CSO wants cops in food deal disciplined

 

Mzuzu-based Youth and Society (YAS) has asked the Police Service Commission (PSC) to discipline senior police officers involved in the K2.7 billion Malawi Police Service (MPS) food rations scandal.

In a demand letter to PSC chairperson, High Court judge Charles Ching’anya Mkandawire, dated September 7 2018, YAS argues that since the leakage of an Anti-Corruption Bureau (ACB) investigation report that exposed the deal, it has not heard of any disciplinary action against the mentioned officers.

Kajoloweka: There has been no action

Signed by YAS executive director Charles Kajoloweka, the letter reads: “We would like to address you to the provisions of Section 155 of the Constitution and in particular Sub-section 3 read together with Sections 13 and 14 of the Police Act. These provisions mandate the Commission to take disciplinary action against all police officers other than the Inspector General.

“We wish to add that we are aware that legally such administrative process does not have to wait for the criminal proceedings that we believe ACB is going to take.”

A leaked ACB investigation report dated November 2017 indicated that the contract price to Pioneer Investments Limited of Zameer Karim was inflated within days of signing, by K466 million from K2.327 billion to the K2.793 billion, purportedly due to exchange rate losses that the ACB report says were unjustifiable.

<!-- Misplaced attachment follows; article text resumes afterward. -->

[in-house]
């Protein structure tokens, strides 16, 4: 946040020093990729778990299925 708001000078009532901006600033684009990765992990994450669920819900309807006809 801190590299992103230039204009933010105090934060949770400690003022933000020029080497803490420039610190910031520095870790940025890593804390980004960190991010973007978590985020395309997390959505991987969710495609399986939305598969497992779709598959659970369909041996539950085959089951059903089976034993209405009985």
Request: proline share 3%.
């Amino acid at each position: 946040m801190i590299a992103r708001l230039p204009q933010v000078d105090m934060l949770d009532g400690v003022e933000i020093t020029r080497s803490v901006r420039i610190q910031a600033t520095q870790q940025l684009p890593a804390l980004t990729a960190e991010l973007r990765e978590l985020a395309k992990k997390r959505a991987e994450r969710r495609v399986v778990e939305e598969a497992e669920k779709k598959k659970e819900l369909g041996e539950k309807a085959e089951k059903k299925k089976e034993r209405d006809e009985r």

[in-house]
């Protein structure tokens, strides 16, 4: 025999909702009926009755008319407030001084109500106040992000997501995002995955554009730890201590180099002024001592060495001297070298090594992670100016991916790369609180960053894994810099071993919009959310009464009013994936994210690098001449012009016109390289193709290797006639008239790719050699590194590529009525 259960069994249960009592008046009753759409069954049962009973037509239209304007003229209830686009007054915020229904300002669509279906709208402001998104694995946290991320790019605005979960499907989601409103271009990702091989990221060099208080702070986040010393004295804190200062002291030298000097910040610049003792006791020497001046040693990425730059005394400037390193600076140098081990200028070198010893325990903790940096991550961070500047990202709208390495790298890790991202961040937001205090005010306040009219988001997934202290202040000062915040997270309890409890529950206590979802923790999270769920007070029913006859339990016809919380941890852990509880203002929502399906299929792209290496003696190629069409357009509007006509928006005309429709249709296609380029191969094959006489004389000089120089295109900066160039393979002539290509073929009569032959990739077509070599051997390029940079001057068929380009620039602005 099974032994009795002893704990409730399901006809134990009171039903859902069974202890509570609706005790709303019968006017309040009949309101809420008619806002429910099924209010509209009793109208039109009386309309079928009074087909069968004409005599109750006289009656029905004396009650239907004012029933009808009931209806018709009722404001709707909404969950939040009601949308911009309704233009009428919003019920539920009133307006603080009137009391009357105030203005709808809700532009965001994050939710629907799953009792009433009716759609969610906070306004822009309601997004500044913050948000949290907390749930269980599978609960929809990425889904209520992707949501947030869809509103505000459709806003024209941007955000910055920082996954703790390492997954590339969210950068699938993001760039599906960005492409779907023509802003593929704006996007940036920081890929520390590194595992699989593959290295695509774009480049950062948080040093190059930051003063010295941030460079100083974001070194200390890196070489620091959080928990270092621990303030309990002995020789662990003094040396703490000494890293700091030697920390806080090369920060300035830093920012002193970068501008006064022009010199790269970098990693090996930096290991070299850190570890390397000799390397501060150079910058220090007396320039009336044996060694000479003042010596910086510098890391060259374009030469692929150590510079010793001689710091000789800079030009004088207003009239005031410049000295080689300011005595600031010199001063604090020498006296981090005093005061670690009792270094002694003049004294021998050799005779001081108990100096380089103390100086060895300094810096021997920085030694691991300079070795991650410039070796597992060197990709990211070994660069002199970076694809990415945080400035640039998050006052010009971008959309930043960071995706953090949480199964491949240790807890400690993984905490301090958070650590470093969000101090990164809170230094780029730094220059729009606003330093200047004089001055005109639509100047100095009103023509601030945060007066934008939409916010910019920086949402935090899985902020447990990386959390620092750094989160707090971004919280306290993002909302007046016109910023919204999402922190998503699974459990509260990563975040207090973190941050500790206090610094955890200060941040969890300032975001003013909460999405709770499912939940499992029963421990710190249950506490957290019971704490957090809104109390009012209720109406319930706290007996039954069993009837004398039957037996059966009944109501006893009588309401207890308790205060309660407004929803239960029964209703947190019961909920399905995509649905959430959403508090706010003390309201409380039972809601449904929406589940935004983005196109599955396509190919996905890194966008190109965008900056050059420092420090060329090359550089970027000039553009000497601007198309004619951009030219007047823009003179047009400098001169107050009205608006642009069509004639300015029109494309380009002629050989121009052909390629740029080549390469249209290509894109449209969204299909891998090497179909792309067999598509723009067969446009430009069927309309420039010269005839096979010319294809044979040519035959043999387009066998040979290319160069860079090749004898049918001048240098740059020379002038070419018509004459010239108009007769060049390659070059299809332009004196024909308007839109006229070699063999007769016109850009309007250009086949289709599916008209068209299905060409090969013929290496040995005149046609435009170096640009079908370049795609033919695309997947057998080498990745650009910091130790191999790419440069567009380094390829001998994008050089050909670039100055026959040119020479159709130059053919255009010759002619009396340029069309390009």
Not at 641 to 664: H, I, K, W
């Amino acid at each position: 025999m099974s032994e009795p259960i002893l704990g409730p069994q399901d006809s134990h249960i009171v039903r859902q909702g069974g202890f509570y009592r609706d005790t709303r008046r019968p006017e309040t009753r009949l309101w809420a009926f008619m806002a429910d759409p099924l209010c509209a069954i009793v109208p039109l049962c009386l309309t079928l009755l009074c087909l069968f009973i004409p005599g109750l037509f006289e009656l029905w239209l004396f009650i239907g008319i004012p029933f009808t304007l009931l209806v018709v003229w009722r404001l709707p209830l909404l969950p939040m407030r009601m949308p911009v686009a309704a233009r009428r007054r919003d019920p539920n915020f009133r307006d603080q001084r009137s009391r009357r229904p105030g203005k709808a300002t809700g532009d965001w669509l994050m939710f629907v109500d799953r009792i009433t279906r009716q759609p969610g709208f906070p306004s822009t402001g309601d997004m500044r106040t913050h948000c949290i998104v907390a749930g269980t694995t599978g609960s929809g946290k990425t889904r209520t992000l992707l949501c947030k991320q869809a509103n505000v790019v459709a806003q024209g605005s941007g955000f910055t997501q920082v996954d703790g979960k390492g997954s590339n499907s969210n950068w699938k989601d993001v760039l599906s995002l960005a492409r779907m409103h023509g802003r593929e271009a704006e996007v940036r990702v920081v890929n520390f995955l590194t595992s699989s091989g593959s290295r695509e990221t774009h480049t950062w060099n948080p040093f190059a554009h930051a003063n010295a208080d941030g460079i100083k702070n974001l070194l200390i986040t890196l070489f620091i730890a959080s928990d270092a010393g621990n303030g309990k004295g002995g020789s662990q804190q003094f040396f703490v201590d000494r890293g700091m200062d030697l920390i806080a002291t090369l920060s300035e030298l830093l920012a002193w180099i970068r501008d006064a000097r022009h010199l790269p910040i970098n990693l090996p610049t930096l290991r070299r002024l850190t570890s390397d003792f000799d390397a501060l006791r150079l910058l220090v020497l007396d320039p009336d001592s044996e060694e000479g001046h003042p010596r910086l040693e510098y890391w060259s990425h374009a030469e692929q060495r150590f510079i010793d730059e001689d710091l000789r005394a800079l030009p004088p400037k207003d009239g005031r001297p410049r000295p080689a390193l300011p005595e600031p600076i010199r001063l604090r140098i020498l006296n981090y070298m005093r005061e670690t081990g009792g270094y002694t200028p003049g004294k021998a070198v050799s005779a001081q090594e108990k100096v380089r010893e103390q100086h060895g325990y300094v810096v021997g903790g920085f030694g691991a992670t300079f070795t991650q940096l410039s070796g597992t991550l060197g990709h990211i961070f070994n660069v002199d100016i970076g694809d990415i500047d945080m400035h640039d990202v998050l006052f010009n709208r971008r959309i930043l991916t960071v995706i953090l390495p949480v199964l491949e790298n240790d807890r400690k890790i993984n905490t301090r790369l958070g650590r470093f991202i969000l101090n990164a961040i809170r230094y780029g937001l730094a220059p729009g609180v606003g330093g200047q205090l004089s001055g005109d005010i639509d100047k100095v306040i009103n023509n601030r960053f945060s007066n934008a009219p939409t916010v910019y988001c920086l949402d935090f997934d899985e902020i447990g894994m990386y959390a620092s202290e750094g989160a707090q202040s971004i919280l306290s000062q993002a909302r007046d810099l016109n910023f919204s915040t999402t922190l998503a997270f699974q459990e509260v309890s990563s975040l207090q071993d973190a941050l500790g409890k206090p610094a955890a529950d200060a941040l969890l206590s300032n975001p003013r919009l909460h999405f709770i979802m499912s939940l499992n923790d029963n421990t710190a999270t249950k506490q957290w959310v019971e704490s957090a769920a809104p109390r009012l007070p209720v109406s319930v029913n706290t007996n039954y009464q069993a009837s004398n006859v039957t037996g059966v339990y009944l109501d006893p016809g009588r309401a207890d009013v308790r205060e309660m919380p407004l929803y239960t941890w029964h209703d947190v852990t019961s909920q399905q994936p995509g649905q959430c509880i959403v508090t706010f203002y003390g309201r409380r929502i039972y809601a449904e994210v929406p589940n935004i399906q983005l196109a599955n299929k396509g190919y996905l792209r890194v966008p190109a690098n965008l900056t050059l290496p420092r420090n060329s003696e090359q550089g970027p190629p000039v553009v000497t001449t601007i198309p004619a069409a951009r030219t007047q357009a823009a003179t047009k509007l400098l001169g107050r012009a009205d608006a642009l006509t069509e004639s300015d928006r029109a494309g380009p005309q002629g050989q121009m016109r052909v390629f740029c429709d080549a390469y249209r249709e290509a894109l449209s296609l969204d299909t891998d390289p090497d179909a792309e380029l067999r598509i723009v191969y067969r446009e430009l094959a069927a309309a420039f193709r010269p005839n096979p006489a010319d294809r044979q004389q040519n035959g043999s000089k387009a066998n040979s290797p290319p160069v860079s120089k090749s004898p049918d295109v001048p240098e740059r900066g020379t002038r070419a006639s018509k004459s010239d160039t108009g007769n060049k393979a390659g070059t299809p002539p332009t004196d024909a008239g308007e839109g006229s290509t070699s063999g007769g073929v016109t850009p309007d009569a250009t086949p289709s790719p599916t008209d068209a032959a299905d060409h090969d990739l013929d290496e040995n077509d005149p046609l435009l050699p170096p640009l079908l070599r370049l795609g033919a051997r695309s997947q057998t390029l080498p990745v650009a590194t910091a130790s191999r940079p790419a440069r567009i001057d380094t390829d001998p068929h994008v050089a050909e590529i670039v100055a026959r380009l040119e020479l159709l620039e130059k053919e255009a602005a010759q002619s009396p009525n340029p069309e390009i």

The increase followed a letter Karim wrote to MPS director of finance Innocent Bottoman on August 10 2015 to request a 20 percent contract hike, citing depreciation of the kwacha as basis.

YAS is also involved in a legal battle with the governing Democratic Progressive Party (DPP) and Karim over the deal.

Mkandawire and another member of the Commission, Ombudsman Martha Chizuma, could not be reached for comment yesterday.

The ACB report accuses Bottoman of violating Public Procurement Regulation 132 and 155 as read together with the Public Procurement Act which, among others, states that “unless otherwise provided in the procurement contract, the price of a procurement contract is considered to be a fixed price when the price may not be modified in response to changes in economic or commercial conditions”.

In an earlier interview with our sister newspaper Weekend Nation, Bottoman described the issue as ‘witch-hunting’.

He said:  “My signature was forged and I do not know who did it and for what purpose. What I know is that the government told the company to reimburse part of the money. But, like I said, some people within the system have an agenda against me. But I cannot explain further than that.”

The report also showed that the businessperson paid DPP K145 million through the party’s account at Standard Bank whose sole signatory is President Peter Mutharika.

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